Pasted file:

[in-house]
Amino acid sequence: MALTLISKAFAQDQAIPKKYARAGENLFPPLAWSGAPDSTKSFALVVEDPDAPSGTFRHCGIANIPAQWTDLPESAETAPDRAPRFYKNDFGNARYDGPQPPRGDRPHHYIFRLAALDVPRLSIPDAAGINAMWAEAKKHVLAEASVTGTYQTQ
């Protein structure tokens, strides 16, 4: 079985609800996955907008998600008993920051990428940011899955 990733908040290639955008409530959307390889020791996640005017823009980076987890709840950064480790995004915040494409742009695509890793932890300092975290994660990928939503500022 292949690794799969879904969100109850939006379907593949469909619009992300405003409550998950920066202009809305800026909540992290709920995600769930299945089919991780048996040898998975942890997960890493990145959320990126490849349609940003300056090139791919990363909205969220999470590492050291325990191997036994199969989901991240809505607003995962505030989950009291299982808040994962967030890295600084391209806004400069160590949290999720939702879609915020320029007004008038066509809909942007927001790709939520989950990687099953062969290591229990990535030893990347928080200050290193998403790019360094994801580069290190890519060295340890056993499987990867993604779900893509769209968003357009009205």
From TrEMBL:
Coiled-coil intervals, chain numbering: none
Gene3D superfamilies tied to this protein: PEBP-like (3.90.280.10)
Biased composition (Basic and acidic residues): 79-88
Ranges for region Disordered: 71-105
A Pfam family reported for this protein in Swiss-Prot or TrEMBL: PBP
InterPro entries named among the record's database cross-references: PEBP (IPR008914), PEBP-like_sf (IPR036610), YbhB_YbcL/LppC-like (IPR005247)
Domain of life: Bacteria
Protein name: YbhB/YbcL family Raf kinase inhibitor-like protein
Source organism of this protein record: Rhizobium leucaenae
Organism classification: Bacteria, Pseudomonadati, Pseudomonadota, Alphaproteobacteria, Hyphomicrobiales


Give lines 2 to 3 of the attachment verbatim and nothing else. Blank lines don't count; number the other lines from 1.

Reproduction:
Amino acid sequence: MALTLISKAFAQDQAIPKKYARAGENLFPPLAWSGAPDSTKSFALVVEDPDAPSGTFRHCGIANIPAQWTDLPESAETAPDRAPRFYKNDFGNARYDGPQPPRGDRPHHYIFRLAALDVPRLSIPDAAGINAMWAEAKKHVLAEASVTGTYQTQ
């Protein structure tokens, strides 16, 4: 079985609800996955907008998600008993920051990428940011899955 990733908040290639955008409530959307390889020791996640005017823009980076987890709840950064480790995004915040494409742009695509890793932890300092975290994660990928939503500022 292949690794799969879904969100109850939006379907593949469909619009992300405003409550998950920066202009809305800026909540992290709920995600769930299945089919991780048996040898998975942890997960890493990145959320990126490849349609940003300056090139791919990363909205969220999470590492050291325990191997036994199969989901991240809505607003995962505030989950009291299982808040994962967030890295600084391209806004400069160590949290999720939702879609915020320029007004008038066509809909942007927001790709939520989950990687099953062969290591229990990535030893990347928080200050290193998403790019360094994801580069290190890519060295340890056993499987990867993604779900893509769209968003357009009205």